Skip to main content

Reducing Opioid-Related Deaths in the UK

In recent years, there have been substantial increases in the number of people dying in the UK where illicit drugs are reported to be involved in their death. The largest increase has been in deaths related to the misuse of opioid substances; 2,677 opioid-related deaths were registered in the UK in 2015. The Advisory Council on the Misuse of Drugs (ACMD) therefore set up a dedicated working group to examine how to reduce drug-related deaths, with a focus on opioid-related deaths.

Main conclusions

  • That the UK has high-quality systems for the recording of opioid-related deaths, but that more could be done to improve national information, especially on toxicology and prescribing, as well as on the contribution of opioid use to levels of mortality from other causes.
  • That a probable cause of the recent increases in drug-related deaths (DRDs) is the existence of a prematurely ageing cohort of people who have been using heroin since the 1980s and 1990s.
  • The vulnerability of these and other people who use heroin is likely to have been reduced by a reduction in the availability of heroin at street level that occurred in the UK in 2010 to 2012. Recent increases may represent a return to the underlying, increasing trend as heroin availability subsequently increased.
  • Other contributory causes of recent increases in deaths include multiple health risks (including poly-substance use and chronic use of alcohol and tobacco) among an ageing cohort of heroin or opioid users, deepening of socio-economic deprivation since the financial crisis of 2008, and changes to drug treatment and commissioning practices.
  • There are a number of evidence-based approaches that can be used to reduce the risk of death among people who use opioids. The strongest evidence supports the provision of opioid substitution treatment (OST) of optimal quality, dosage and duration.
  • Other substance misuse treatment options could be further developed in order to reduce the risk of death including broader provision of naloxone, heroin-assisted treatment for those for whom other forms of OST are not effective, medically supervised drug consumption clinics, treatment for alcohol problems, and assertive outreach to engage heroin users who are not in treatment into OST (especially for those who are homeless and/or have mental health problems).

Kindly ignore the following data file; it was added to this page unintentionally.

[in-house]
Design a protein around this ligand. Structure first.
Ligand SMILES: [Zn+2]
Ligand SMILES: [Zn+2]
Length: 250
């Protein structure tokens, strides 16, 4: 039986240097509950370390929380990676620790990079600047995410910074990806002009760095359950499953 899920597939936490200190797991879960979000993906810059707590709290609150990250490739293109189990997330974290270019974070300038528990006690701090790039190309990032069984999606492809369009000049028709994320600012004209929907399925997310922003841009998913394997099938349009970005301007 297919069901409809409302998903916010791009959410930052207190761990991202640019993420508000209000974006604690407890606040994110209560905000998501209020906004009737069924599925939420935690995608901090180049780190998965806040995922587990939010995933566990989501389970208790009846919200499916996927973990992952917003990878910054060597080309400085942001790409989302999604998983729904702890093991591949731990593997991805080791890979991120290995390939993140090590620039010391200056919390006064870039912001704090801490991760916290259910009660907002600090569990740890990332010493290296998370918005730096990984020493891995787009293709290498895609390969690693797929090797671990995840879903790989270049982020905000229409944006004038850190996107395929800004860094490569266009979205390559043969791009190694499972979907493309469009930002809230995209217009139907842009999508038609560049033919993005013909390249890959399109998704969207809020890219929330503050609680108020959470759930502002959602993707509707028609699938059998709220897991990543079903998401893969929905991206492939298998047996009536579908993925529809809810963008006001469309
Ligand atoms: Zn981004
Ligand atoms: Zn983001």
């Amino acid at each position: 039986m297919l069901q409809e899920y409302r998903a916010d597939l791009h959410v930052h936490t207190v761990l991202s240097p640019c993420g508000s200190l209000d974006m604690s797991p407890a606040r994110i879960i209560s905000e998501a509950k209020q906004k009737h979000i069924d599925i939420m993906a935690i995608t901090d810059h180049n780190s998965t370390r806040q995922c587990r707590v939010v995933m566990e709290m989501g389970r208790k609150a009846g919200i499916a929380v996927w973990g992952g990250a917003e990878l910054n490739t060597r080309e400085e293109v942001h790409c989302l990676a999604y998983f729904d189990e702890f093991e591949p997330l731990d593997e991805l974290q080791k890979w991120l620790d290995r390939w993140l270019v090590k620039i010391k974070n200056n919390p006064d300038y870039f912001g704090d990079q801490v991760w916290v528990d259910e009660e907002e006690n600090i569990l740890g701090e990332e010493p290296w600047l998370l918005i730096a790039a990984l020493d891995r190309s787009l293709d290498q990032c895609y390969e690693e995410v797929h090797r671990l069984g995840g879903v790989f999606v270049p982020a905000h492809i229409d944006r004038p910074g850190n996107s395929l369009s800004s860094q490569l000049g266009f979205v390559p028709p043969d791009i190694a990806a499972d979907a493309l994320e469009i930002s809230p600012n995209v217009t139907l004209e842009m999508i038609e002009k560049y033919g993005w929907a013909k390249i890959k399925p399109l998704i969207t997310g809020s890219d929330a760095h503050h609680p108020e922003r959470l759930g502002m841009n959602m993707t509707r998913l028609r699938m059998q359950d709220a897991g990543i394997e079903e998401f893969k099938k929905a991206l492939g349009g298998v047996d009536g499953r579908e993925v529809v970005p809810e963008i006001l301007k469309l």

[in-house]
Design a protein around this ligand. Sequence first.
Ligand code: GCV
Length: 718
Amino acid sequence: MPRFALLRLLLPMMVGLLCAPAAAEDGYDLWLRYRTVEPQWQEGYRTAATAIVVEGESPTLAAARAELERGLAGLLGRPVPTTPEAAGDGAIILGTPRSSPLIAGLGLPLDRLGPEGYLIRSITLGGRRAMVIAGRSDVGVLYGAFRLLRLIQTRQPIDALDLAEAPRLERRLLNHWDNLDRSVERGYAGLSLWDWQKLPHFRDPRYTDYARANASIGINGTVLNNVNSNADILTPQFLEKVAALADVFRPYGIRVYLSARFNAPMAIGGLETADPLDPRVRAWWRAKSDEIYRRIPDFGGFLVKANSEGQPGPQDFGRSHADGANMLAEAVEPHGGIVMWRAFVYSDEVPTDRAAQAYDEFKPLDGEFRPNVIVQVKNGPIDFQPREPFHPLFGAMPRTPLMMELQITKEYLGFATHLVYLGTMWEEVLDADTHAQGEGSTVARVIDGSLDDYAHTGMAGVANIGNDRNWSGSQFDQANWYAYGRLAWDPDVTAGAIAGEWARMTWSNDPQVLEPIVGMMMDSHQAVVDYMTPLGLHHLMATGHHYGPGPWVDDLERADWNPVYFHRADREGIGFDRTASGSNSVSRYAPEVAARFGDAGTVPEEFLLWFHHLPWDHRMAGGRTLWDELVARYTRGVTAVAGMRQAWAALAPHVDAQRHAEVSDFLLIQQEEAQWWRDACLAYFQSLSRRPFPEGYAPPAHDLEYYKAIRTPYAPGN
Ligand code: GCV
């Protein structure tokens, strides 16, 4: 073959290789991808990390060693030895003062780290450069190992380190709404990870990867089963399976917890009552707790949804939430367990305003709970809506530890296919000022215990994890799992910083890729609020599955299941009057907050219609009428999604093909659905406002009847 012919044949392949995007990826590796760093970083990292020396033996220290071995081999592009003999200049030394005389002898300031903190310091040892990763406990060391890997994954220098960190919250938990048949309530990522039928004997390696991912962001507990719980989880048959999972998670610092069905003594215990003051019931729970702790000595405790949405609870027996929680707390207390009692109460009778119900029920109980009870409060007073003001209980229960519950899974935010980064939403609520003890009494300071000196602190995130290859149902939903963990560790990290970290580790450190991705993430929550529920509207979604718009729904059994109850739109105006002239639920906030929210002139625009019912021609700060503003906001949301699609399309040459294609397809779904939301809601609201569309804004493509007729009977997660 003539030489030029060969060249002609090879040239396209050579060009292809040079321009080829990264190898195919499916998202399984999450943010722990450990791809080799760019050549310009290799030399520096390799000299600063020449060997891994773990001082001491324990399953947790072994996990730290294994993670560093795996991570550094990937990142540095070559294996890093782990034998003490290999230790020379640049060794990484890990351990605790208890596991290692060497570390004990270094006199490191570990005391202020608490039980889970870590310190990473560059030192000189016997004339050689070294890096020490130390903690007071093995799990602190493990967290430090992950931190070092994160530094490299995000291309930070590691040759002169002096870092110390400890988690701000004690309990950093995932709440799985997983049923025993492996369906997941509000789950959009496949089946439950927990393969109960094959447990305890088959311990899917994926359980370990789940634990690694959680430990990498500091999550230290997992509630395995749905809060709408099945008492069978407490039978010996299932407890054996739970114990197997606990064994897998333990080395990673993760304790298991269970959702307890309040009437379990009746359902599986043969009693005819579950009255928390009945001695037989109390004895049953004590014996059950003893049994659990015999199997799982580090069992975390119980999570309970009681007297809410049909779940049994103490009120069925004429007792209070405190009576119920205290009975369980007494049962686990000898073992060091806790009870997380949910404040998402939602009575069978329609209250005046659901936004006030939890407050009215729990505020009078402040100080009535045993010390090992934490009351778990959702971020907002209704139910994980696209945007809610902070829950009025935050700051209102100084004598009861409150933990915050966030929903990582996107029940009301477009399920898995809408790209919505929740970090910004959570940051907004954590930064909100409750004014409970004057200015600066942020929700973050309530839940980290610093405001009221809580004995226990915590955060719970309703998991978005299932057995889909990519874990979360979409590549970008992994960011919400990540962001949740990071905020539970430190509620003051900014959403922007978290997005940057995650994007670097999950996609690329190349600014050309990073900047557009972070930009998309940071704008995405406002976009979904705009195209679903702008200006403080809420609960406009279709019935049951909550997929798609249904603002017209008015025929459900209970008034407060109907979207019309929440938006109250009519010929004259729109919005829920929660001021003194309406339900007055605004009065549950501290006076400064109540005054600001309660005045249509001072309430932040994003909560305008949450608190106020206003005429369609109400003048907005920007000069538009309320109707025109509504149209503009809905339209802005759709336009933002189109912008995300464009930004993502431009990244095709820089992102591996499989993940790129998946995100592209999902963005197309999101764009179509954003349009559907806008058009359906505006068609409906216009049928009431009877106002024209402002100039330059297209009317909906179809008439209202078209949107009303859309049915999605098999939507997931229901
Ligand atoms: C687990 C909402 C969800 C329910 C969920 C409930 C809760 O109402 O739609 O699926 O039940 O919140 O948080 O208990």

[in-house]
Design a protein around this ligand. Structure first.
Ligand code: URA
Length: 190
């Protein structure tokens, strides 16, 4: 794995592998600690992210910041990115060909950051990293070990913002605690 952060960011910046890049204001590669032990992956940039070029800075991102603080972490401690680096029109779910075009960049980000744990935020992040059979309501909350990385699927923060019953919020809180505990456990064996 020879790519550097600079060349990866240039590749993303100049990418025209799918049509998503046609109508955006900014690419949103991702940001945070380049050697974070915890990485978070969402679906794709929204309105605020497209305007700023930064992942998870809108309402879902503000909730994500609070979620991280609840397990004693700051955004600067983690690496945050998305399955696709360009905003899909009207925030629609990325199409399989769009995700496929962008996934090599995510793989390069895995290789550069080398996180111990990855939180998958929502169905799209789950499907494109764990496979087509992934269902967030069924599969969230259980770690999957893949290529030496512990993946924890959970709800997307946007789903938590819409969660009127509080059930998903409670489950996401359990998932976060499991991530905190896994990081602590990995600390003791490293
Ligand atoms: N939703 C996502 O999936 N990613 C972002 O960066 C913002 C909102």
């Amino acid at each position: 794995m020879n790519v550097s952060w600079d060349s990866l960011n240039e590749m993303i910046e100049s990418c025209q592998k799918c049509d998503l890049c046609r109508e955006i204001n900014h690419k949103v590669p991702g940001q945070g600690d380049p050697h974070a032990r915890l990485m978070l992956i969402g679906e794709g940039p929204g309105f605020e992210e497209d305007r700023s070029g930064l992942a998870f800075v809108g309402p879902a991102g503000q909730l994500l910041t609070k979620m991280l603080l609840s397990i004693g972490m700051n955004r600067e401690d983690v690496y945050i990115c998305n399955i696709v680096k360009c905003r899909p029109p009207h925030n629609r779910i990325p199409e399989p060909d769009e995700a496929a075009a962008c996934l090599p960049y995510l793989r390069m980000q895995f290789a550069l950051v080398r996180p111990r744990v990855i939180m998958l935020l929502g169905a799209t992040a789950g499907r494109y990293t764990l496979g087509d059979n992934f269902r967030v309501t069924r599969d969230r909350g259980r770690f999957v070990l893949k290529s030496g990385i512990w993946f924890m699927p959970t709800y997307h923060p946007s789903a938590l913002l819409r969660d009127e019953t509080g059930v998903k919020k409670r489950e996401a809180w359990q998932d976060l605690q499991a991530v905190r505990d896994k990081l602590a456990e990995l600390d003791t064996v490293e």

• Improve access for heroin users to treatment for mental health problems, smoking cessation and tobacco harm reduction, HIV / hepatitis B / hepatitis C prevention and treatment, physical healthcare treatment for long-term conditions such as coronary and pulmonary heart disease, and other services (such as housing and employment services) which support wider recovery outcomes could reduce vulnerability to DRDs.
  • The report makes a number of recommendations for the reduction of opioid-related deaths; most importantly that investment in evidence-based OST be maintained. It is estimated that OST was preventing approximately 880 deaths per year in England in 2008 to 2011 (White et al., 2015). Without the expansion of OST that occurred in the 2000s, it is likely that opioid-related deaths would be even higher than they currently are. These services are currently under threat from reductions in local and national funding, especially in England.
  • The age profile of opioid-related deaths (discussed in chapter 3) suggests that relatively few young people are initiating problematic opioid use. Numbers of opioid related deaths among people under 30 have fallen substantially since the early 2000s. This suggests that the UK is likely to see a long-term reduction in opioid related deaths, as long as there is no new wave of initiation into problematic opioid use (e.g. larger increases in the misuse of heroin, fentanyl and/or oxycodone), as was seen with heroin in the 1980s and 1990s.
  • However, in the short to medium term, we are likely to see an increasing number of deaths among a shrinking population of prematurely ageing, increasingly vulnerable heroin or opioid users. Deaths among this cohort have been reduced and limited by previous government interventions, including those implemented after the ACMD’s report in 2000. ACMD calls on the government to renew and extend efforts to prevent these deaths.

Read report